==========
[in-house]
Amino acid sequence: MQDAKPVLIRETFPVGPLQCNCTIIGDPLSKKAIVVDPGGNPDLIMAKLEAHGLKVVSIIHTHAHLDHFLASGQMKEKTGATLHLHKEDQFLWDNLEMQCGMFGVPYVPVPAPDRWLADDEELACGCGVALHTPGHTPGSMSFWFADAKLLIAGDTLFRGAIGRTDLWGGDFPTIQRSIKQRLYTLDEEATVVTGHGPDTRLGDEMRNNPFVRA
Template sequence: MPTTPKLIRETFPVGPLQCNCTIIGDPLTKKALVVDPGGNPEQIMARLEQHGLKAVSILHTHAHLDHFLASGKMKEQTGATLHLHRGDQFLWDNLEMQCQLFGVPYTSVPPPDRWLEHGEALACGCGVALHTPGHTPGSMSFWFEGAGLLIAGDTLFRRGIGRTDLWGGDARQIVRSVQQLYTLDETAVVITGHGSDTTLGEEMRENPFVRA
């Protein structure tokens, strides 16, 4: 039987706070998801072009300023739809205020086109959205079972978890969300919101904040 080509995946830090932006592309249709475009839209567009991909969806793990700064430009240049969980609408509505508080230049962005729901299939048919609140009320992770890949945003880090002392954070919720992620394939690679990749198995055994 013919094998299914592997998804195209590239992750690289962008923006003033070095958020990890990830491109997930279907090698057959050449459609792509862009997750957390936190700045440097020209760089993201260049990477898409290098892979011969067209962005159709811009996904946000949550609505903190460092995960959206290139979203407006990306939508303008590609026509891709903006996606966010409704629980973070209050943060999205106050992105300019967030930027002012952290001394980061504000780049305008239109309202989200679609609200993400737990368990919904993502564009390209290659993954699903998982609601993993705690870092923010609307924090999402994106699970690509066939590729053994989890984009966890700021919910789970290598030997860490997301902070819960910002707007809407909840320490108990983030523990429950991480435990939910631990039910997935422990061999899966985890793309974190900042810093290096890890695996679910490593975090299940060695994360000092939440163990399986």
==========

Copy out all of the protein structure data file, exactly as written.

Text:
[in-house]
Amino acid sequence: MQDAKPVLIRETFPVGPLQCNCTIIGDPLSKKAIVVDPGGNPDLIMAKLEAHGLKVVSIIHTHAHLDHFLASGQMKEKTGATLHLHKEDQFLWDNLEMQCGMFGVPYVPVPAPDRWLADDEELACGCGVALHTPGHTPGSMSFWFADAKLLIAGDTLFRGAIGRTDLWGGDFPTIQRSIKQRLYTLDEEATVVTGHGPDTRLGDEMRNNPFVRA
Template sequence: MPTTPKLIRETFPVGPLQCNCTIIGDPLTKKALVVDPGGNPEQIMARLEQHGLKAVSILHTHAHLDHFLASGKMKEQTGATLHLHRGDQFLWDNLEMQCQLFGVPYTSVPPPDRWLEHGEALACGCGVALHTPGHTPGSMSFWFEGAGLLIAGDTLFRRGIGRTDLWGGDARQIVRSVQQLYTLDETAVVITGHGSDTTLGEEMRENPFVRA
């Protein structure tokens, strides 16, 4: 039987706070998801072009300023739809205020086109959205079972978890969300919101904040 080509995946830090932006592309249709475009839209567009991909969806793990700064430009240049969980609408509505508080230049962005729901299939048919609140009320992770890949945003880090002392954070919720992620394939690679990749198995055994 013919094998299914592997998804195209590239992750690289962008923006003033070095958020990890990830491109997930279907090698057959050449459609792509862009997750957390936190700045440097020209760089993201260049990477898409290098892979011969067209962005159709811009996904946000949550609505903190460092995960959206290139979203407006990306939508303008590609026509891709903006996606966010409704629980973070209050943060999205106050992105300019967030930027002012952290001394980061504000780049305008239109309202989200679609609200993400737990368990919904993502564009390209290659993954699903998982609601993993705690870092923010609307924090999402994106699970690509066939590729053994989890984009966890700021919910789970290598030997860490997301902070819960910002707007809407909840320490108990983030523990429950991480435990939910631990039910997935422990061999899966985890793309974190900042810093290096890890695996679910490593975090299940060695994360000092939440163990399986």